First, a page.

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A FilmFour Distributors release of a FilmFour presentation, in association with the Film Council, Senator Film and Industry Entertainment, of a Pipedream Pictures production. (International sales: FilmFour Intl., London.) Produced by Lee Thomas. Executive producers, Paul Webster, Hanno Huth, Julia Chasman. Co-producer, Elinor Day.

Directed, written by John McKay. Camera (Fujicolor, Panavision widescreen), Henry Braham; editor, Anne Sopel; music, Kevin Sargent; production designer, Amanda MacArthur; art director, John Reid; costume designer, Jill Taylor; sound (Dolby Digital), Keith Tunney, Mike Prestwood Smith; assistant director, Susie Liggat; casting, Michelle Guish. Reviewed at Cannes Film Festival (market), May 11, 2001. Running time: 111 MIN.
Kate                   Andie MacDowell
Janine                 Imelda Staunton
Molly                  Anna Chancellor
Jed                      Kenny Doughty
Rev. Gerald Marsden      Bill Paterson

With: Caroline Holdaway, Joe Roberts, Josh Cole, Gary Powell, Christian Burgess.

Some fine screen chemistry between its leads and a spikey, offhandedly comic script by young writer-director John McKay put spice into "Crush," a romantic comedy centered on three mature, sex-starved women in a genteel English village that's an entertaining night out at the movies. Likely to be dubbed "Two Weddings and Some Funerals" given its story-line and Andie MacDowell as one of the leads, pic is less slick than the '94 one and not as flawlessly constructed. But its overall sunny disposition and immensely likable characters peg this for some very cozy theatrical business, if properly marketed and positioned.

Kate (MacDowell), Janine (Imelda Staunton) and Molly (Anna Chancellor) are three friends in their early 40s who meet regularly to swap stories about their hopeless love lives. (Pic's original, much more apt title was "Sad Fuckers Club," the first two words being Brit slang for "losers.") An expat American, Kate is headmistress of a private school; Janine is a hard-assed detective with the local police force; and Molly is a well-heeled doctor with a string of failed marriages.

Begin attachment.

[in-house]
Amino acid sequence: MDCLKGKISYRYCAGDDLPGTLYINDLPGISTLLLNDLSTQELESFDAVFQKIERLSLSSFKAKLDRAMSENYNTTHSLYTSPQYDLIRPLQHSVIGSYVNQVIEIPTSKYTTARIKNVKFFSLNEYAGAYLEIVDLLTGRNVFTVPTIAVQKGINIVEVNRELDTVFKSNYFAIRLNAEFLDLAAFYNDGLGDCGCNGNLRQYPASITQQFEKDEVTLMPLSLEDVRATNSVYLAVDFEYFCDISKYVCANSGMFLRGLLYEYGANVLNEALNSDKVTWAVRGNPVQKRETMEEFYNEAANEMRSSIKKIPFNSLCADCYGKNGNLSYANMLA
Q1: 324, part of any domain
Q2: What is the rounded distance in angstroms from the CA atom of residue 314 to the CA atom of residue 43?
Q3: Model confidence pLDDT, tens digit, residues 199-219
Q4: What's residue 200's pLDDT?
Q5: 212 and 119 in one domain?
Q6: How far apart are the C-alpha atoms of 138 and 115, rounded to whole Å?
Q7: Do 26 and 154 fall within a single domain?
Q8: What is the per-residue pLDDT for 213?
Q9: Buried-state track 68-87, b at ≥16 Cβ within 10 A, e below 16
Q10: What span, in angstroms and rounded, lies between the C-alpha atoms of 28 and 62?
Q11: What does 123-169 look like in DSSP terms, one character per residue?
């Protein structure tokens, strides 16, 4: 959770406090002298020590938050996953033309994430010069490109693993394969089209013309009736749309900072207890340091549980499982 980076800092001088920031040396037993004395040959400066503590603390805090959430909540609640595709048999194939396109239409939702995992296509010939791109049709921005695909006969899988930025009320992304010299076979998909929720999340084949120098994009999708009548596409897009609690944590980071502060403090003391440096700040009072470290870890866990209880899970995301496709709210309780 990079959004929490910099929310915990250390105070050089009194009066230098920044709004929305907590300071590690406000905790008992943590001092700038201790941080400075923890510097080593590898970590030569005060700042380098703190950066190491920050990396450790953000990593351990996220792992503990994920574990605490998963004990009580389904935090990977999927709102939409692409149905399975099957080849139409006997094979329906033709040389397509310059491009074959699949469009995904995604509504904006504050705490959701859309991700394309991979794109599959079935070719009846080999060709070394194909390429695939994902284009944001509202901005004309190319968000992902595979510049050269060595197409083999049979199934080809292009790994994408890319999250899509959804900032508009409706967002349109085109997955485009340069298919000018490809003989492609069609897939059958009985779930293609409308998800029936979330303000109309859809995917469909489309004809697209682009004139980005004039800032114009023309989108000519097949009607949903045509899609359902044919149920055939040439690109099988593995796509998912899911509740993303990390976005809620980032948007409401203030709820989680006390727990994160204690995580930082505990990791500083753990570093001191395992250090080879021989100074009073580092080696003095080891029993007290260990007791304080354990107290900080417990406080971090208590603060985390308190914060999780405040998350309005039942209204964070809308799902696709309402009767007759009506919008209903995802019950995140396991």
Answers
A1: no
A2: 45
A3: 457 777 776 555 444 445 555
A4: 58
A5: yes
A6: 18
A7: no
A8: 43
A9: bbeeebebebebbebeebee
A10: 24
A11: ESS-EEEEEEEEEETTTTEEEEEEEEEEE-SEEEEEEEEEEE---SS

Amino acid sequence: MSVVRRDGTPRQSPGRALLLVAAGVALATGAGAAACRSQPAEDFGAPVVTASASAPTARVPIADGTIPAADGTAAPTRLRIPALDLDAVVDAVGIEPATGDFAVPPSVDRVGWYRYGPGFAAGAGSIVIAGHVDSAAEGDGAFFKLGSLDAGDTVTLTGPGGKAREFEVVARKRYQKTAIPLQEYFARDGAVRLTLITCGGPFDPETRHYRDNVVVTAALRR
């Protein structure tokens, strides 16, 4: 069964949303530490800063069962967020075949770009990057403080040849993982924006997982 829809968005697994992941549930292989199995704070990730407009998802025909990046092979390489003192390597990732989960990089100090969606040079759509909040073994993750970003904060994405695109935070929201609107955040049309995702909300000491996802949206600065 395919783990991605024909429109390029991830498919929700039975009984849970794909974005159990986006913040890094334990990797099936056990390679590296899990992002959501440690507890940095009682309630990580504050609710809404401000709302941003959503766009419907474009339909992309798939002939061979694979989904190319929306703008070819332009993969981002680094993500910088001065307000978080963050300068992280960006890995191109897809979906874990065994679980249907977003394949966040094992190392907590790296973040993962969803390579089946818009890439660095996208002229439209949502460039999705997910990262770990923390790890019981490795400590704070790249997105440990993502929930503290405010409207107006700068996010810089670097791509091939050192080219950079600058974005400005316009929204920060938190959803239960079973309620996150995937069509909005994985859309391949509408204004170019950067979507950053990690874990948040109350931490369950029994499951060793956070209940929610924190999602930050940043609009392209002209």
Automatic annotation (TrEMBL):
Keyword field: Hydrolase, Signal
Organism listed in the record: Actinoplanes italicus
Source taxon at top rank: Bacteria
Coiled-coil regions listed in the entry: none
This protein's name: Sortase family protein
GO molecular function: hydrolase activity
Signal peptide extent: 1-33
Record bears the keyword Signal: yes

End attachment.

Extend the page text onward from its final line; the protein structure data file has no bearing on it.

The three characters' backgrounds and easy friendship are established from the start as we hear their latest confessions between their binges on alcohol, chocolate and cigarettes. Breezy tone is sustained by Kevin Sargent's busy score.

At the funeral of her predecessor, Kate spots a handsome young organist who turns out to be one of her former pupils; before you can say crematorium, she and Jed (Kenny Doughty) are enjoying a quickie in the long grass in front of the church.

Ribbed by her two friends for cradle-snatching a 25-year-old, Kate initially shrugs off the dalliance. But soon she and Jed are secretly getting it on like rabbits -- until Molly and Janine (in one of the pic's biggest laughs) literally walk in on them in flagrante delicto.

A small dinner party to officially introduce Jed goes badly. However, everything the well-intentioned friends can do to capsize the relationship -- from digging up Jed's drug record to carting Kate off to Paris for a spell of sex 'n' shopping -- only strengthens the lovers' bond. When Jed proposes to Kate, she accepts.

It's at this point that McKay manages the difficult task of turning a lively sex comedy into a romantic one, convincing the viewer of the strength of the central relationship.

But Molly simply won't give up and tries to seduce Jed in the local church, with Janine secretly taping the scene. The outcome throws the three women's friendship for a loop.

After teasing the viewer along with a snappy, tartly observed romantic comedy, McKay takes a huge chance by completely reshuffling the deck and going for a slower, darker tone. The gambit largely succeeds thanks to the residual sympathy for the characters, but the pic still has a couple of reels in which it wobbles for a while.

MacDowell is absolutely assured in the part of the headmistress-with-an-itch, handling McKay's slightly goofy mixture of one-liners and eccentric character traits with aplomb. Staunton's severe, dumpy policewoman is the most low-key but she manages to hold her own.

But, the real revelation is Chancellor, a mostly TV actress who, on the bigscreen, has never been given the parts she deserves. Her waspish, well-heeled doc gets some of the best lines, and it is her character that's the real motor to the whole movie.

In his first major role, Doughty is fine as Jed, with a sufficient physical presence. Vet Bill Paterson, as the local vicar with the longtime hots for Kate, makes much of a supporting role.

Tech credits are smooth, with Henry Braham's lensing of Gloucestershire catching the flavor without overdosing on the picturesque. Anne Sopel's editing allows the performances to breathe naturally.
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Title Annotation:Review
Article Type:Movie Review
Date:May 21, 2001
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